“By making these changes, we actually strengthened New Hampshire’s anti-discrimination laws,” Bradley said. “Attempts to turn them back are misguided. SB 298 and SB 304 would have done just that.”
Sen. Jay Kahn, D-Keene, the prime sponsor of Senate Bill 304, said what his bill tried to do was make the law less onerous.

“What is proposed here is to take some of the burden off the guesswork public employees and teachers in this state are facing right now,” Kahn said

Sen. Lou D’Allesandro, D-Manchester, asked his fellow senators to look at the five paintings on the wall of Representatives Hall, where the Senate was meeting to allow for social distancing. He mentioned the portraits of George Washington, Abraham Lincoln, Daniel Webster and John P. Hale, the noted abolitionist.

“The five men on that wall did something we are attempting to turn upside down and negate it,” D’Allesandro said.

SB 298 was killed on a 13-10 vote, and SB 304 was killed on a voice vote.

EFA Transparency

The Senate also voted down a bill that would have added a new line to property tax bills, to indicate the additional property taxes a person pays due to the Education Freedom Account program.

“It is simply about transparency,” said Sen. Donna Soucy, D-Manchester, the prime sponsor of Senate Bill 252. “We are asking local property taxpayers to foot the bill for private and religious education, they deserve to know how much is going out and how much will be needed to replace (it).”

She said program supporters say the money for the scholarship grants comes from the Education Trust Fund not from local property taxes, but she disagrees because local property taxes will have to make up for the state adequacy grant that goes with the student under the voucher program.

That is money the school district will lose, but that does not change a district’s fixed costs, like lights, heat and transportation by losing a few students, she said.

And she said the more programs that depend on the Education Trust Fund, the more that will have to be cut in other areas.

There needs to be a “level of clarity about the amount of public money spent on private institutions,” Soucy said. “Taxpayers deserve transparency on the public money diverted to private institutions.”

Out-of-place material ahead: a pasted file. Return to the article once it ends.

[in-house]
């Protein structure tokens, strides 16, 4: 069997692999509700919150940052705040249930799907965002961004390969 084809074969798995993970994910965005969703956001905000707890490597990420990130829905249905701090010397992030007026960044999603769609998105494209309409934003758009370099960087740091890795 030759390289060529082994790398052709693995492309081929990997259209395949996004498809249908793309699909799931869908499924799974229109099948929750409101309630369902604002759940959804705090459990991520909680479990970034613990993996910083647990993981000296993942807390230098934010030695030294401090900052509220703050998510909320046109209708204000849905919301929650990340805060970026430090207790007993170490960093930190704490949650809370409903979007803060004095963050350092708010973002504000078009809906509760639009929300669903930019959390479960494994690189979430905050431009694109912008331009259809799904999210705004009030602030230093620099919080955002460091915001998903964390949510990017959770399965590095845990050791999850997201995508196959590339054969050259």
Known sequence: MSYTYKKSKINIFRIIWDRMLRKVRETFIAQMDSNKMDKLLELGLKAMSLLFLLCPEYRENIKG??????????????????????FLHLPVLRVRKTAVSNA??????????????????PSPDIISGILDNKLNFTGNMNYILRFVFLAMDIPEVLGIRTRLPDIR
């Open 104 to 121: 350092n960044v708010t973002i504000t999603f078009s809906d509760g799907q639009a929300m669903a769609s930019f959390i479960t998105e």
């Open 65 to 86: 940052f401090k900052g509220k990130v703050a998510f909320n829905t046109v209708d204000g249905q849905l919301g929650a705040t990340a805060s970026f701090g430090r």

Sen. Tom Sherman, D-Rye, said he was involved when the Medicaid expansion program was approved, and one of the reasons it had bipartisan support was strict accountability and a circuit breaker that would shut down the program if it exceeded projected costs.

Education Commissioner Frank Edelblut, a proponent of the Education Freedom Account program, estimated few students would take advantage of the program the first year and projected costs would be $129,000. But 1,800 students qualified for the program at a cost of more than $8 million.

Sherman said the new voucher program should be held to the same standards as every other taxpayer funded program in the state, and the people paying the bills ought to be able to see the cost.

But the bill’s prime sponsor, Bradley said, “It’s simply another attempt to tear down EFA’s and all the positive changes this program has created for so many deserving students.”

He called the program very successful with 1,800 students and reiterated that it did not cost property taxpayers anything.

But others disagreed.

The bill was killed on a 13-10 vote.

Minimum Wage

The Senate once again defeated a bill to increase the minimum wage from its current $7.25 an hour to $15 over the next two years in steps.

Soucy, who has sponsored the change for many years, argued times are different this year.

“I have been fighting this fight for the New Hampshire workforce for over a decade now. But this year feels different,” Soucy said. “Our employers are struggling with a mass workforce shortage and our low-wage employees, many of whom were on the front lines during the height of the COVID-19 pandemic, are still struggling to make ends meet. We are living in a different world than we were even just a year ago, and it is well past time that we acknowledge the very real needs of our constituents.”

She said the biggest problem facing employers today is finding people to work, and when you consider the cost of housing, the state needs to do all it can to attract workers here.